3.4 AuthorityThe main purpose of CERT.at in incident handling is the coordination of incident response. As such, we can only advise our constituency and have no authority to demand certain actions. We have indirect authority over AS30971 and AS1921 and are in very close contact with the Austrian CERT Verbund (union of CERTs) and the Austrian Trust Circle (ATC).
4.1 Types of incidents and level of supportCERT.at is authorised to address all types of computer security incidents which occur, or threaten to occur, in our constituency (see 3.2) and which require cross-organisational coordination. The level of support given by CERT.at will vary depending on the type and severity of the incident or issue, the type of constituent, the size of the user community affected, and our resources at the time. Special attention will be give to issues affecting critical infrastructure. CERT.at is committed to keeping its constituency informed of potential vulnerabilities, and, where possible, will inform this community of such vulnerabilities before they are actively exploited.
4.2 Co-operation, interaction and disclosure of informationCERT.at will cooperate with other organisations in the field of computer security. This cooperation also includes and often requires the exchange of vital information regarding security incidents and vulnerabilities. Nevertheless CERT.at will protect the privacy of reporters, partners and our constituents, and therefore (under normal circumstances) pass on information in an anonymised way only unless other contractual agreements apply. CERT.at operates under the restrictions imposed by Austrian law. This involves careful handling of personal data as required by Austrian Data Protection law, but it is also possible that - according to Austrian law - CERT.at may be forced to disclose information due to a court order. CERT.at treats all submitted information as confidential per default, and will only forward it to concerned parties in order to resolve specific incidents when consent is implicit or expressly given. For example: incoming report "Malware on www.example.com/malware, please get it cleaned up". In this case, we would forward the information only to the concerned parties (domain-holder, hoster/ISP) to help them quickly fix the problem. Especially we will not forward information about incidents to government authorities or the press without explicit prior permission by the submitting party.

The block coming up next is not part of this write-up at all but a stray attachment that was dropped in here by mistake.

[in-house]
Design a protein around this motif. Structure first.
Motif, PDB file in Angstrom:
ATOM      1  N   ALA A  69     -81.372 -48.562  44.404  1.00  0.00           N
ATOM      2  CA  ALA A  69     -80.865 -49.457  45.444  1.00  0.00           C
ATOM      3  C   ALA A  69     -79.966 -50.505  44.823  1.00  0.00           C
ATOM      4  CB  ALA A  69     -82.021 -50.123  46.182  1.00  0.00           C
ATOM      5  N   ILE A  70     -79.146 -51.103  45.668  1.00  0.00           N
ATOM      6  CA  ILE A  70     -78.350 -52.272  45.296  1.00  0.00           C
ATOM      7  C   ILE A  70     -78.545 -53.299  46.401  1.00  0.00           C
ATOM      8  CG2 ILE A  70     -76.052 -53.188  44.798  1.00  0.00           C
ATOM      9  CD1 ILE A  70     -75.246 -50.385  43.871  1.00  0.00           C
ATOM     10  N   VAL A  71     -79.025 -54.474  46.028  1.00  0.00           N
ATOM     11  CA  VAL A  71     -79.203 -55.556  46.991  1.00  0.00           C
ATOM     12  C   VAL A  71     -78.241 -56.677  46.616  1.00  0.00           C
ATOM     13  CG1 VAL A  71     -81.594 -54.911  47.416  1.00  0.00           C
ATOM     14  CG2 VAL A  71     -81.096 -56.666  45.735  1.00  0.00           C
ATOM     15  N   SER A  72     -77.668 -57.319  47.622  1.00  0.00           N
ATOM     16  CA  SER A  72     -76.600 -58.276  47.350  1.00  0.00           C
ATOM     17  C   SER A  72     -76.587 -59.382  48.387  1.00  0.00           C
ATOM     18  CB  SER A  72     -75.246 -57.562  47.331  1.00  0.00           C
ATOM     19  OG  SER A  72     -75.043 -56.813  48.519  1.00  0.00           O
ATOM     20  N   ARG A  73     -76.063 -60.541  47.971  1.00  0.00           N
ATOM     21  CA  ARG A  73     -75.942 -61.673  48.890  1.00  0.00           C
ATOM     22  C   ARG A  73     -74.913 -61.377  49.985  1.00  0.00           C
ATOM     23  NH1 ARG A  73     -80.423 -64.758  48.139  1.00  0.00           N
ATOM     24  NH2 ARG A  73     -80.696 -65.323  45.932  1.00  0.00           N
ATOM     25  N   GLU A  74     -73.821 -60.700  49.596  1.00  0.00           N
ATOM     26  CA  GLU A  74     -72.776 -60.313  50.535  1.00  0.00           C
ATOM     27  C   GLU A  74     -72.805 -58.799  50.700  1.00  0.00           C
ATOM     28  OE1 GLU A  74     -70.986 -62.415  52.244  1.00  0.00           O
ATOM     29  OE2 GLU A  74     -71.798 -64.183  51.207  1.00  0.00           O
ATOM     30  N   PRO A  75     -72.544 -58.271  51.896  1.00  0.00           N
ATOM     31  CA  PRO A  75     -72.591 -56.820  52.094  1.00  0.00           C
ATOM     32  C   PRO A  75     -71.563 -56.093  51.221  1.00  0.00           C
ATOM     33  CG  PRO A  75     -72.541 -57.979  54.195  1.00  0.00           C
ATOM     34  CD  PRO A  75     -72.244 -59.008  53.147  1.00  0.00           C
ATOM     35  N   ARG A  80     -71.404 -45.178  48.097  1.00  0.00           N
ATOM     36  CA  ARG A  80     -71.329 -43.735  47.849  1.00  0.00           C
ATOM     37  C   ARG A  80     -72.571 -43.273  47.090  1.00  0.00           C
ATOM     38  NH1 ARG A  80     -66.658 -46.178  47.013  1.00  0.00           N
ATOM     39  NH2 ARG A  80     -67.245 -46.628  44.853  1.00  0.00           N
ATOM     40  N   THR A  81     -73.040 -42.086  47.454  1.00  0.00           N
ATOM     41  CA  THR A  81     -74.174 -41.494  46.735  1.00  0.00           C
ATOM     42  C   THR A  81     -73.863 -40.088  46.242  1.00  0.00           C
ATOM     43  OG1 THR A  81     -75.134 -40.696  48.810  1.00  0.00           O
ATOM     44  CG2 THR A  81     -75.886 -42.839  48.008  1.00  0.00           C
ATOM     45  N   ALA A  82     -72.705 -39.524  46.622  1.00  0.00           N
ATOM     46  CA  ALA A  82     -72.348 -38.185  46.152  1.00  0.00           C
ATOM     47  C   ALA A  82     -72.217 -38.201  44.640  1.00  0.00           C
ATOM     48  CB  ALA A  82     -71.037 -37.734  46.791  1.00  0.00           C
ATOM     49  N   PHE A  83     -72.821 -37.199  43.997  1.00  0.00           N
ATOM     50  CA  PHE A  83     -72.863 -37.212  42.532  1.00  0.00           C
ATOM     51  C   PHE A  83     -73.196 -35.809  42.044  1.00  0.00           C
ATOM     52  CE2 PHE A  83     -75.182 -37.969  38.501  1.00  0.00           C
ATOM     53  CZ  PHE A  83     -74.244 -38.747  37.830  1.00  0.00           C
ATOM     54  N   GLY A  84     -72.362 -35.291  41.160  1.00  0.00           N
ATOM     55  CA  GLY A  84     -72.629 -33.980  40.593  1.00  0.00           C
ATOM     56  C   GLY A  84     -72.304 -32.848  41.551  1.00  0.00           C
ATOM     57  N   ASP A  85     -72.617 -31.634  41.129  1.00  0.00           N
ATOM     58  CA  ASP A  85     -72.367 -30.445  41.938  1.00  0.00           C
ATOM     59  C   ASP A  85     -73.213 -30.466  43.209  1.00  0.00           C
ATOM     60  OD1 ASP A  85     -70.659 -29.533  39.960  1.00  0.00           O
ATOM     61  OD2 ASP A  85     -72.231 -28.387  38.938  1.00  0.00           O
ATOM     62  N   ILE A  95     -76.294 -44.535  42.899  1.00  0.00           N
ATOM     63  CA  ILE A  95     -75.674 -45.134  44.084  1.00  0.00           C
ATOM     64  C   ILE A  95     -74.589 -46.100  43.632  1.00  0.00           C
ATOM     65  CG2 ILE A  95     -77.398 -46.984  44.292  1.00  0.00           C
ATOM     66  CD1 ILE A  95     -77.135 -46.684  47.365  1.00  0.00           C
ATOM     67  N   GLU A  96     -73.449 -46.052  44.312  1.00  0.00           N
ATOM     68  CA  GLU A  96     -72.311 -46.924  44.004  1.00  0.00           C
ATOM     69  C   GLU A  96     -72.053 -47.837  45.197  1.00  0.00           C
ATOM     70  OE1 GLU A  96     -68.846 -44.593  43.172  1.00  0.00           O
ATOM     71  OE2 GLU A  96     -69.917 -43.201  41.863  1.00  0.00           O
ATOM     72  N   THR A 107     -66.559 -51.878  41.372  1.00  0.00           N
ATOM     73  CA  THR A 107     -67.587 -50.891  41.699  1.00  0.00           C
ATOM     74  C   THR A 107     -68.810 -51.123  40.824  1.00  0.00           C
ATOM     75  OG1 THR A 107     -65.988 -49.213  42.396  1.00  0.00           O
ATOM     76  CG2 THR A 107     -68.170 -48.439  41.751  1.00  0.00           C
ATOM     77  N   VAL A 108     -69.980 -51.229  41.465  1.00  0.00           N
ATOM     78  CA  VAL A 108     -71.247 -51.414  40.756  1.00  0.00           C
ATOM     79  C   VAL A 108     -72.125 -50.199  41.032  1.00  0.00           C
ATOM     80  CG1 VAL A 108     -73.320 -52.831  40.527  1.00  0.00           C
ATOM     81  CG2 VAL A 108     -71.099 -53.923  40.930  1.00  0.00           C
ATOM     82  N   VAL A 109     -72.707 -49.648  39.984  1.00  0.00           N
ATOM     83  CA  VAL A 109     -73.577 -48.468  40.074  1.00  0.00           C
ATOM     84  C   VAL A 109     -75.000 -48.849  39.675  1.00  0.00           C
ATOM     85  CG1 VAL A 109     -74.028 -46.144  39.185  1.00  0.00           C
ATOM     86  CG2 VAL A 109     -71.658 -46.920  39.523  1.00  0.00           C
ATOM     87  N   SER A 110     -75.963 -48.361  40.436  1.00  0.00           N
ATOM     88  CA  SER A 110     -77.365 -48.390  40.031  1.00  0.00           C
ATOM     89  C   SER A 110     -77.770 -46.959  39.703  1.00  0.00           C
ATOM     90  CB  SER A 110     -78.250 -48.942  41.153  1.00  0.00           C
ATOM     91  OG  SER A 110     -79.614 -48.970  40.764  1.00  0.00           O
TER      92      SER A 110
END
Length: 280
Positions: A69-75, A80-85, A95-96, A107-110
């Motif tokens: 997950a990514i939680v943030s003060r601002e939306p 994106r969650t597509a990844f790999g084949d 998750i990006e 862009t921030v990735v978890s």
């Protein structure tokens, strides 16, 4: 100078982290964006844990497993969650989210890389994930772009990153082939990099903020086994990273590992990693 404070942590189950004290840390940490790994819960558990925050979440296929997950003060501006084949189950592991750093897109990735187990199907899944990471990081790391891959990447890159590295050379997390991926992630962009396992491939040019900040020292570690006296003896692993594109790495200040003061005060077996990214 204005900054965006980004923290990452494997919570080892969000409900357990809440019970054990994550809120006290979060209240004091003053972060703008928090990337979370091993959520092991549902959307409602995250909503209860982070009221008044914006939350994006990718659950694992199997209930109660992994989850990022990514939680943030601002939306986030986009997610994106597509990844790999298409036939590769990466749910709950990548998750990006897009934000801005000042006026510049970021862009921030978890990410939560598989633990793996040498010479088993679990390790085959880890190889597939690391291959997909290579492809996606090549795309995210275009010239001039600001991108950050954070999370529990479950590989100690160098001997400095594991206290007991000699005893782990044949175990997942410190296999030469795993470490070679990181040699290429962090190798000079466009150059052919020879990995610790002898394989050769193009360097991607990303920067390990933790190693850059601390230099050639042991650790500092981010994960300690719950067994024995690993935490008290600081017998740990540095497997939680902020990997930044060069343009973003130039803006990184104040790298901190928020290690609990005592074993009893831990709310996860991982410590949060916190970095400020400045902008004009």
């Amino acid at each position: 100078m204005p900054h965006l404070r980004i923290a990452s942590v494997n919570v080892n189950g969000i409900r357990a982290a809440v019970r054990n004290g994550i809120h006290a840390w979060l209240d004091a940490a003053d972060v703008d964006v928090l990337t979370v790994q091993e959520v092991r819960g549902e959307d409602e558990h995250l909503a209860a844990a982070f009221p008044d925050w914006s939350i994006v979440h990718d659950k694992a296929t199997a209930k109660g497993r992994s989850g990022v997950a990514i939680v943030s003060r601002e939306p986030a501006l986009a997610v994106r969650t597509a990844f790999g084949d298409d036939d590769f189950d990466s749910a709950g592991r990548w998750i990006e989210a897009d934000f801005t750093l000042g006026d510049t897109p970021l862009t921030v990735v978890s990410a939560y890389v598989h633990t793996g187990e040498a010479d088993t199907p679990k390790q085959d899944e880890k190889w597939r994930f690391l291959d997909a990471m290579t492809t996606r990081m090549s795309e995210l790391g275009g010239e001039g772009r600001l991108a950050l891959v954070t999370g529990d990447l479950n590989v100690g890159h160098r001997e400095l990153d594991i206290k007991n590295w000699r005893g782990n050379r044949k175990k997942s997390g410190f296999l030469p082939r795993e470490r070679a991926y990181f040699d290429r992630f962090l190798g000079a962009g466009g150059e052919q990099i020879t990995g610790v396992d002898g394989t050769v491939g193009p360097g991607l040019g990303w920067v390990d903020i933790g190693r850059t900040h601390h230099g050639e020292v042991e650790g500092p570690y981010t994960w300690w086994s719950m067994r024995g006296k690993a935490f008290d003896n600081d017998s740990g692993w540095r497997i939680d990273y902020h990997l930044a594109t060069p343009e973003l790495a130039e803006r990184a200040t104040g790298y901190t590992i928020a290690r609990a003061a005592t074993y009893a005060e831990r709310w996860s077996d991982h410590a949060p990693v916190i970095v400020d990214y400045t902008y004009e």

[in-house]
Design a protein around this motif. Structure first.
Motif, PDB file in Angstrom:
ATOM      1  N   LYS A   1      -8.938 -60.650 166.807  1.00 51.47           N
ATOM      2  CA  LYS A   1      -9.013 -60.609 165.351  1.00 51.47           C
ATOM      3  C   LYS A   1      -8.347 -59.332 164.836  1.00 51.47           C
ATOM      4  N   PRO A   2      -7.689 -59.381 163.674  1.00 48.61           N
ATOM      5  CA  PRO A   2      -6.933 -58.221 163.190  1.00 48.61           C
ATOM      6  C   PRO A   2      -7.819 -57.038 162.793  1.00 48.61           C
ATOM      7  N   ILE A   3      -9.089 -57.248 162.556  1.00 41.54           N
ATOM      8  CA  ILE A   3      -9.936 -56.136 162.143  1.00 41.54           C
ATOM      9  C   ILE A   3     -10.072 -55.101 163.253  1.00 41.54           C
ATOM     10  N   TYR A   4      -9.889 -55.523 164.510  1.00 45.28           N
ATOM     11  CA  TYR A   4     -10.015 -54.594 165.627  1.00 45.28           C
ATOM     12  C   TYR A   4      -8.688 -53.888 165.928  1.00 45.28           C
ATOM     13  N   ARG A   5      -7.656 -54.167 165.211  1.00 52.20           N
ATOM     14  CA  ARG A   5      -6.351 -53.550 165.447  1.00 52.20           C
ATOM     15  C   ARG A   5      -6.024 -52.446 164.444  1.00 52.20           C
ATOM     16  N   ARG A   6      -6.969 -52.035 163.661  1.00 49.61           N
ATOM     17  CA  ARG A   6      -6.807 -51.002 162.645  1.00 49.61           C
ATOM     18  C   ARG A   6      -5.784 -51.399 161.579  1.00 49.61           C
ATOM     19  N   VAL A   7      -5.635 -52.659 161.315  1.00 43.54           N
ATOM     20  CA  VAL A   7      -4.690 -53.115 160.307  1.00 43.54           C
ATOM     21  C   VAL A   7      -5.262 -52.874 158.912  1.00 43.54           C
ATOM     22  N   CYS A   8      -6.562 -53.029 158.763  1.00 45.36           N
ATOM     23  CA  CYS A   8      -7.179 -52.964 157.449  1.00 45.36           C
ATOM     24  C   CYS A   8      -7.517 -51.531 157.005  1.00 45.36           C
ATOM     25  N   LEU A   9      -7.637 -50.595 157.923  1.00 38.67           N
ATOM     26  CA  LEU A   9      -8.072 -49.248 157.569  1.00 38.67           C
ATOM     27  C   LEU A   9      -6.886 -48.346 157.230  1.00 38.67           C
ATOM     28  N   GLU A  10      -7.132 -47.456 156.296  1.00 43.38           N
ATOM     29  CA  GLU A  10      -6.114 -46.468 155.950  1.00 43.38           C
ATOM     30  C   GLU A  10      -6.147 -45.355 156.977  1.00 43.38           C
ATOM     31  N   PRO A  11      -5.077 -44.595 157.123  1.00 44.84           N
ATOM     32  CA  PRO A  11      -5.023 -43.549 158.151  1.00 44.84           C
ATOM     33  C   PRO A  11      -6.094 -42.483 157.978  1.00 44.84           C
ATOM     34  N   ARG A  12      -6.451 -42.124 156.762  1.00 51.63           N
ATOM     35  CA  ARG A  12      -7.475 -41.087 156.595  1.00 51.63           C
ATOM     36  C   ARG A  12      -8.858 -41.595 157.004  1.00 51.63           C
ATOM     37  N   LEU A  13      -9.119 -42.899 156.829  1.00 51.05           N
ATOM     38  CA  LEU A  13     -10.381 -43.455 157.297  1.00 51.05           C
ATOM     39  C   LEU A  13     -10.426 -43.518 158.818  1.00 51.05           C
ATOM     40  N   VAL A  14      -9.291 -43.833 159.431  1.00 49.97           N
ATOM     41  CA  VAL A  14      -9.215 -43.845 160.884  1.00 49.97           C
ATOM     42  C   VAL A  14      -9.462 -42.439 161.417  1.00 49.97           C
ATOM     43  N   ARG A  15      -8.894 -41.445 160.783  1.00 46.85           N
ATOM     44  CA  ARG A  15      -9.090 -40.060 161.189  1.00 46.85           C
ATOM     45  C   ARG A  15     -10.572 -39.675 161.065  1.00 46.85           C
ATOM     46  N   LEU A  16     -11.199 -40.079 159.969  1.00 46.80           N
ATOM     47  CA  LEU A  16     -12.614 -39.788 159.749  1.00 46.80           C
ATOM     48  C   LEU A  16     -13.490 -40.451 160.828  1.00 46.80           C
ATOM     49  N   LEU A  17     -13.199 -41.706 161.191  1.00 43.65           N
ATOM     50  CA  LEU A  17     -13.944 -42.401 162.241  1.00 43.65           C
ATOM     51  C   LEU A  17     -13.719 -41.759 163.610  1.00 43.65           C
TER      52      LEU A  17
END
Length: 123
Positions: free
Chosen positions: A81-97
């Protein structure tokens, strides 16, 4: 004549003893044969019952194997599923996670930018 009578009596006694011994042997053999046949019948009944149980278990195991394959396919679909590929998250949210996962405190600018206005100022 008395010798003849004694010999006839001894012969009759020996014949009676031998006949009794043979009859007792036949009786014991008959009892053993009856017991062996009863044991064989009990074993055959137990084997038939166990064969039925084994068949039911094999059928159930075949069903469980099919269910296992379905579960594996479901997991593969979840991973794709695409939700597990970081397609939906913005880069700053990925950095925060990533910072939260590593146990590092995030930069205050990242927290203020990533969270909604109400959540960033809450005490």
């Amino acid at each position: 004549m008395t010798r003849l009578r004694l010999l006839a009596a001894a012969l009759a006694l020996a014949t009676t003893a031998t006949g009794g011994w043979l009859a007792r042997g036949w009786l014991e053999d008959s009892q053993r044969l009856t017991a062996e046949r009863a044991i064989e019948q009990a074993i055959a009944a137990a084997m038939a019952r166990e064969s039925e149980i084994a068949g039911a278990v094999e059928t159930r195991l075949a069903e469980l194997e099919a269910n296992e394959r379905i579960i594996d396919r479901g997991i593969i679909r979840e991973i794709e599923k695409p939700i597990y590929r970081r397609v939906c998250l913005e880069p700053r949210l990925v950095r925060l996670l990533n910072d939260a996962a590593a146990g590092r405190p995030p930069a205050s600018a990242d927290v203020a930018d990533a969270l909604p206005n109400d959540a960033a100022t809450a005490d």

4.3 Communication and authenticationFor normal communication not containing sensitive information CERT.at might use conventional methods like unencrypted e-mail or fax. For secure communication PGP-encrypted e-mail or telephone will be used. If it is necessary to authenticate a person before communicating, this can be done either through existing webs of trust (e.g. FIRST, TI, ) or by other methods like call-back, mail-back or even face-to-face meeting if necessary.
5.1 Incident responseCERT.at will assist IT-security teams in handling the technical and organizational aspects of incidents. In particular, it will provide assistance or advice with respect to the following aspects of incident management:
5.1.1. Incident triage
- determining whether an incident is authentic
- assessing and prioritizing the incident
5.1.2. Incident coordination
- determine the involved organizations
- contact the involved organizations to investigate the incident and take the appropriate steps
- facilitate contact to other parties which can help resolve the incident
- send reports to other CERTs
Auto-generated reports and data-feeds will be handled as automatically as possible.
5.1.3. Incident resolution
- advise local security teams on appropriate actions
- follow up on the progress of the concerned local security teams
- ask for reports
- report back
5.2 Proactive activitiesCERT.at tries to
- raise security awareness in its constituency
- collect contact information of local security teams
- publish announcements concerning serious security threats
- observe current trends in technology
- distribute relevant knowledge to the constituency
- provide fora for community building and information exchange within the constituency